Grading: Written work: 30%;  exams: 30%;  class participation:  20%.;  student presentation: 20%.

Learning Outcomes:  By the end of the course students are expected to

  • Have a basic understanding of  U.S. modern literature in a comparative perspective with European cultural movements as well of the renewal of modernist sensibility in contemporary culture; 
  • Master a basic set of  themes, concerns, conflicts, and desires central to modern American imagination which, however, extend their influence also beyond national boundaries and to world literature;
  • Master close reading;
  • Become familiar with and master key literary and critical terms useful to the analysis and interpretation  of a literary text;
  • Learn to discuss literature in meaningful ways, as a process of individual discovery and in relation to other forms of creativity;
  • Perform an effective interpretation of a literary text.



Class schedule and contents  (In-progress)

Week 1           Jan. 21                        Introduction

Introductory lecture:  Modernist Energies  


Week 2           Jan 28                         T. S. Eliot

Readings for the day:

Prufrock and Other Observations, in The Waste Land and Other Writings (3-21)

"The Waste Land,"  in The Waste Land and Other Writings (38-56)


Week 3           Feb 6               T. S. Eliot  (Part II)

T. S. Eliot, essays from The Sacred Wood: "Tradition and The Individual Talent," "The Metaphysical Poets,"  "Dante"


Week 4           Feb 11                         Ezra Pound

Ezra Pound,  all poems in The Norton Anthology of American Literature, vol D (314-334)


Week 5           Feb 18                                     H.D.

H.D. (Hilda Dolittle), all poems in The Norton Anthology of American Literature, vol D (350-357)

DUE: Essay 1 (3 pp).


Week 6           Feb 25                                     Gertrude Stein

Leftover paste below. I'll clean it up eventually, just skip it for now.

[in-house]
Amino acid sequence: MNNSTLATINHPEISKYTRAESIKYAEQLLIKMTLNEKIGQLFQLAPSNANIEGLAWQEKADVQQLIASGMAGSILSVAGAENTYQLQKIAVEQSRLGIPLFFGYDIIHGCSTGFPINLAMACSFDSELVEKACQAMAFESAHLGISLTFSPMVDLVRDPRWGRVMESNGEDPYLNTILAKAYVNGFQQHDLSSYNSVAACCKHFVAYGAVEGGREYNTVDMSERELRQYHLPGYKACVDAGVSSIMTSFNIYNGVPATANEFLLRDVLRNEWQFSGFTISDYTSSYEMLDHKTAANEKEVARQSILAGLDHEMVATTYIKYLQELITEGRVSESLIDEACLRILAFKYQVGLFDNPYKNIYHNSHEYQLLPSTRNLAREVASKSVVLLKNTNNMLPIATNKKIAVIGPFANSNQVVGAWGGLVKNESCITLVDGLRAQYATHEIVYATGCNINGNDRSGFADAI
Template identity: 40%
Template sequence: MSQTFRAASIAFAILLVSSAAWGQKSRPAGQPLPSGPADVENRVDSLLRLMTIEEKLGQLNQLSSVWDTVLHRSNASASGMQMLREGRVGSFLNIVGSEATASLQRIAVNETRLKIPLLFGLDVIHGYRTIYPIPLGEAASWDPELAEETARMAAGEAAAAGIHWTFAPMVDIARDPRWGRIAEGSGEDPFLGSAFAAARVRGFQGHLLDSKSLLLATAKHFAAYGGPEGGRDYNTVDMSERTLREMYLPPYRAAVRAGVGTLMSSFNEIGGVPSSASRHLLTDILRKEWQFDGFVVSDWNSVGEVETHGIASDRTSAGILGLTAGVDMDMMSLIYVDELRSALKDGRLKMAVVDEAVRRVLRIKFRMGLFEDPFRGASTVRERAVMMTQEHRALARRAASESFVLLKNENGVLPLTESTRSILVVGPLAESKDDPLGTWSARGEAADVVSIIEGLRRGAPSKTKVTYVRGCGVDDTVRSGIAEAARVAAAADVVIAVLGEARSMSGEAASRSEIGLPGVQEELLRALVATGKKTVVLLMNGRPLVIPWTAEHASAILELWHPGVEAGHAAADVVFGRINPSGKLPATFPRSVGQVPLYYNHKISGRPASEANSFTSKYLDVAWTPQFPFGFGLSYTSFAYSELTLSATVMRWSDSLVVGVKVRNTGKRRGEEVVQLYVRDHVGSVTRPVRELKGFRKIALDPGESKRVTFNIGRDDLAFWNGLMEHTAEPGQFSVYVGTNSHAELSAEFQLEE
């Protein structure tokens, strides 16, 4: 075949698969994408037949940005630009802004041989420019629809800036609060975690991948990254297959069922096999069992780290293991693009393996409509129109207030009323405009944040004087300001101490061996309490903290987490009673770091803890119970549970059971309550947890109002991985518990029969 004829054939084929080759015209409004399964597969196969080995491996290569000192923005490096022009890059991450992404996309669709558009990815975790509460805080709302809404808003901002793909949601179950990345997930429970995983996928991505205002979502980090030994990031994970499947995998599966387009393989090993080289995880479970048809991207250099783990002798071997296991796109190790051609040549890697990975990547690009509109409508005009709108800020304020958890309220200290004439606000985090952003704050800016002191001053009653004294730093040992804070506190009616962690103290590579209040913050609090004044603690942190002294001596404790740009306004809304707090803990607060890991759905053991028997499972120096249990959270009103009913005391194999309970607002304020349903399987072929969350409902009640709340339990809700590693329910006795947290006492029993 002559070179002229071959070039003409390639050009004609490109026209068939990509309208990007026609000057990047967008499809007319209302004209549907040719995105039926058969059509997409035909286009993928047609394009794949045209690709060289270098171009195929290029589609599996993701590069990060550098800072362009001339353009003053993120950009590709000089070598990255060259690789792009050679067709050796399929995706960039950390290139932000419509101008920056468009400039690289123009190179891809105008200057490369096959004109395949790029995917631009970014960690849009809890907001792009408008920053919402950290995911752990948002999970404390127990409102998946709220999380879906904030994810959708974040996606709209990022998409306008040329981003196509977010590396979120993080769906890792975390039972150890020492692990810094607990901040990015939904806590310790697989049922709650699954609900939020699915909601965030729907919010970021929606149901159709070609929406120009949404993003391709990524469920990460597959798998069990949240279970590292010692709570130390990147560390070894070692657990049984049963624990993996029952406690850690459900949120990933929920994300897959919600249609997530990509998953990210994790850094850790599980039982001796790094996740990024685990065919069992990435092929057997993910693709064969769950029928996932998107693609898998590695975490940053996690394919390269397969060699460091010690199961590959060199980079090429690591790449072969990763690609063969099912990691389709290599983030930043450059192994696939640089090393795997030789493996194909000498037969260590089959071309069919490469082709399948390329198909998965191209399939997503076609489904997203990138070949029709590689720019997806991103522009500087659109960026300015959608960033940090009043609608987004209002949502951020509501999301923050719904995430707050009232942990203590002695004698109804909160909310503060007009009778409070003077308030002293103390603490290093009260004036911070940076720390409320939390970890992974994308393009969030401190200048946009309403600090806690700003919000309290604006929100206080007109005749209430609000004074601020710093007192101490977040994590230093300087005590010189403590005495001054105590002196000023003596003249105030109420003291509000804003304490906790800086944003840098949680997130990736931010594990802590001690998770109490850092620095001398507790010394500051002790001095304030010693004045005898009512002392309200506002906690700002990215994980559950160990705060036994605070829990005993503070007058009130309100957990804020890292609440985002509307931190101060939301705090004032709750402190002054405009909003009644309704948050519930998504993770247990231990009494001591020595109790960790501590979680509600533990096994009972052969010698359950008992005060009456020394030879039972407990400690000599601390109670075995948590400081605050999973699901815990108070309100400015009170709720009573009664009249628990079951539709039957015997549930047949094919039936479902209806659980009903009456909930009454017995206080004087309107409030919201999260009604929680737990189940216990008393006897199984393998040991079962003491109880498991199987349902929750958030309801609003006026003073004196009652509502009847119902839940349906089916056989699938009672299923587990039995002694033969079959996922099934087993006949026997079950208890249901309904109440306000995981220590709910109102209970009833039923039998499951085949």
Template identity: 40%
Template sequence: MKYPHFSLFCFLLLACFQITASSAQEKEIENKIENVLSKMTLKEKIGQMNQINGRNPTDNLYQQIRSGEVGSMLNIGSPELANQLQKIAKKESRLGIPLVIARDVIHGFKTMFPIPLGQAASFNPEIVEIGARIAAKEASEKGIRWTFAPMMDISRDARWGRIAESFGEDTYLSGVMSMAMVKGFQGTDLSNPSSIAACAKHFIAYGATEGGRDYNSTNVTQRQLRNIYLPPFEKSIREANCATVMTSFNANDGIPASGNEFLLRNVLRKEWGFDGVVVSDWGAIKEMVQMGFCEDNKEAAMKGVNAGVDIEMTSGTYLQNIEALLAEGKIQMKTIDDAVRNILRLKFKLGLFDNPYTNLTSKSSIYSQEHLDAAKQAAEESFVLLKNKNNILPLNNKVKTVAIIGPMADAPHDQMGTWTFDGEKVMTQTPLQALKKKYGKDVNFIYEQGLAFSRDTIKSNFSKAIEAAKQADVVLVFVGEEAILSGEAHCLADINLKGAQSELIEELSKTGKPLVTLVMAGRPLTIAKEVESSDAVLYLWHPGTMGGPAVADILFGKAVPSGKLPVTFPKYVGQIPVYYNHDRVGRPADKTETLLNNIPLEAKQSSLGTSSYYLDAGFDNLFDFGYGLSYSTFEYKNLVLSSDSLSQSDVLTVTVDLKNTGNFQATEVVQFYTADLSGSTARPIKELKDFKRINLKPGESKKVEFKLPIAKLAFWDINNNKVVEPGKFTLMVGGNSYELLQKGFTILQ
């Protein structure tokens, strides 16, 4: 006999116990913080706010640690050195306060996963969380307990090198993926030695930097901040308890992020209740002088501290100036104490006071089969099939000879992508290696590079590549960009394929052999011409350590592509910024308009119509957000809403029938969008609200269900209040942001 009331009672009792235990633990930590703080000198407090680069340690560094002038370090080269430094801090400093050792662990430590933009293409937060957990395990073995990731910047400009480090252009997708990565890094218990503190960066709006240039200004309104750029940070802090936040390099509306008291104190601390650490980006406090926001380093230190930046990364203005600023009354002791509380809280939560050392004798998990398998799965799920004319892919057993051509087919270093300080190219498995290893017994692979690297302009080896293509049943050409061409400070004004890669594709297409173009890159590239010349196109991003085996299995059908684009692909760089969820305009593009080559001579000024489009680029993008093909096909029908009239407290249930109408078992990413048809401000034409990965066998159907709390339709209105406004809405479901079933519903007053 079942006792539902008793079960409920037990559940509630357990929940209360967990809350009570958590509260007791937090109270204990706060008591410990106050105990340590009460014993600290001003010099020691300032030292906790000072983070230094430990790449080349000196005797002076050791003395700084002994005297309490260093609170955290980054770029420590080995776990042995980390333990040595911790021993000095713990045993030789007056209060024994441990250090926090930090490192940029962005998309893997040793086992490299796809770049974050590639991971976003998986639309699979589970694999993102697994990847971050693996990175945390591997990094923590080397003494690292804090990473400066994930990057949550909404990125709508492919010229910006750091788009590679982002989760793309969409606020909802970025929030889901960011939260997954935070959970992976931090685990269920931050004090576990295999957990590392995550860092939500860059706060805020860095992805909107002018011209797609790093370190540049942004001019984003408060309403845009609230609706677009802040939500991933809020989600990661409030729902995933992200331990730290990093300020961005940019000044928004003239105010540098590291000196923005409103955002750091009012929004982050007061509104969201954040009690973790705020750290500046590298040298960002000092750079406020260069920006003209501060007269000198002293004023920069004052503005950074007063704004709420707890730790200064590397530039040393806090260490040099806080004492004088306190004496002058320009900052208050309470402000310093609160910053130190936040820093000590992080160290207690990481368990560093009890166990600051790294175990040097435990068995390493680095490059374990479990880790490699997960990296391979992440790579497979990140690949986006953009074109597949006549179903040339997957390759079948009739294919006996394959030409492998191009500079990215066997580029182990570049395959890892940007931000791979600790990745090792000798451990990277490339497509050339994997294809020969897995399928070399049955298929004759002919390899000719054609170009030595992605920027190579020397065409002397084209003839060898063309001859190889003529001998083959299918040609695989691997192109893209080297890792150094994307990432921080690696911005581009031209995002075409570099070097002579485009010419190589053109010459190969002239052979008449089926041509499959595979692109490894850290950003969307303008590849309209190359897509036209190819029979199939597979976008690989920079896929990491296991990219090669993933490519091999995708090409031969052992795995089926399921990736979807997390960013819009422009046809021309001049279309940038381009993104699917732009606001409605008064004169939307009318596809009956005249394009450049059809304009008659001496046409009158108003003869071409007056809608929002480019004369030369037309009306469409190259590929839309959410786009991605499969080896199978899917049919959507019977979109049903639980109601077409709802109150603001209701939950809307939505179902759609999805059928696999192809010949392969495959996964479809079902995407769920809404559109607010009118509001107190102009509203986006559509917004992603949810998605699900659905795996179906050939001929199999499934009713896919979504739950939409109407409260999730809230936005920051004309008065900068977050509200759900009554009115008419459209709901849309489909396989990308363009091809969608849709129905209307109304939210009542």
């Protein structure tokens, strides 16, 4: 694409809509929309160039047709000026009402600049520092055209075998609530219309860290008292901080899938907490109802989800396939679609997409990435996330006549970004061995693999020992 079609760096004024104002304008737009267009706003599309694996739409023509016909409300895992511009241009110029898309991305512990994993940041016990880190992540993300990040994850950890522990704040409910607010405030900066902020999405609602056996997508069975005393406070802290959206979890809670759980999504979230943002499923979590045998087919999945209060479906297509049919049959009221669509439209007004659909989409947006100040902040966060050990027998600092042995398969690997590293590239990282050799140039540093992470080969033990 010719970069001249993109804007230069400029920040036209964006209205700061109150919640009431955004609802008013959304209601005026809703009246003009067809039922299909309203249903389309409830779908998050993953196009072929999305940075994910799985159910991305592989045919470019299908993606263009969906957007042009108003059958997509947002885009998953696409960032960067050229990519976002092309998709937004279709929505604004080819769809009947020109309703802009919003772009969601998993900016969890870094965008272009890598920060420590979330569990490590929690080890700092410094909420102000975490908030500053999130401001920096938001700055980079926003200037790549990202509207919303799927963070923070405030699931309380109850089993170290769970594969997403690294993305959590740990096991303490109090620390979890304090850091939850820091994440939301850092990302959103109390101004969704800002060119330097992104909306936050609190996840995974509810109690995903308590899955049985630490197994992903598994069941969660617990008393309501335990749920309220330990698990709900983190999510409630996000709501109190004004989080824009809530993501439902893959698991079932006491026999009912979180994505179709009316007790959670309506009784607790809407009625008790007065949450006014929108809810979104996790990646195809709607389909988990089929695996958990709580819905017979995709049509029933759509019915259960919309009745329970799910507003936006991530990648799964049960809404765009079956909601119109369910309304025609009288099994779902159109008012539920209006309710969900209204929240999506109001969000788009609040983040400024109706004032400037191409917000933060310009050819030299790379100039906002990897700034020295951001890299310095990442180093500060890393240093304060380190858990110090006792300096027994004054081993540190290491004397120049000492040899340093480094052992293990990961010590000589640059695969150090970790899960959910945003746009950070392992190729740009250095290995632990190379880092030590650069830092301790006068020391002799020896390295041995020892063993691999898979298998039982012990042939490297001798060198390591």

Part II: Gertrude Stein, The Autobiography of Alice B. Toklas, in Selected Writings of Gertrude Stein (1-134)


Week 7           March 4                      Gertrude Stein (Part II)

Readings and visual materials for the day:

"Cezanne," " Matisse," "Picasso," in Selected Writings of Gertrude Stein (329-335)

Tender Buttons, in Selected Writings of Gertrude Stein (459-509)


Week 8           March 11                    Spring Break


Week 9           March 18                    Ernest Hemingway

Readings for the day:

Hemingway, "The Snows of Kilimanjaro," in The Norton Anthology of American Literature, vol D (826-42)

DUE: ESSAY 2 (3 pp.)


Week 10         March 25                    Wallace Stevens

Readings for the day:

Wallace Stevens, all the poems included in The Norton Anthology of American Literature, vol D (283-295)


Week 11         April 1                        Langston Hughes/Yusef Komunyakaa

Langston Hughes, all poems in Norton Anthology, vol D (871-880)

Yusef Komunyakaa, all poems in Northon Anthology, vol. E (1044-1049)


Week 12         April 8                        Marianne Moore /Elizabeth Bishop

Marianne Moore, all poems in Norton Anthology, vol D (357-365)

Elizabeth Bishop, all poems in Norton Anthology, vol E (71-90)


Week 13         April 15                      O'Hara/Ashbery

Postmodernist manifestos, in Northon Anthology, vol E (400-418)

Frank O'Hara,all poems in Norton Anthology, vol E (506-512)

John Ashbery, "Self-Portrait in a Convex Mirror," in Norton Anthology, vol E (524-535)


Week 14         April 22

Pre-exam review


Week 15         April 29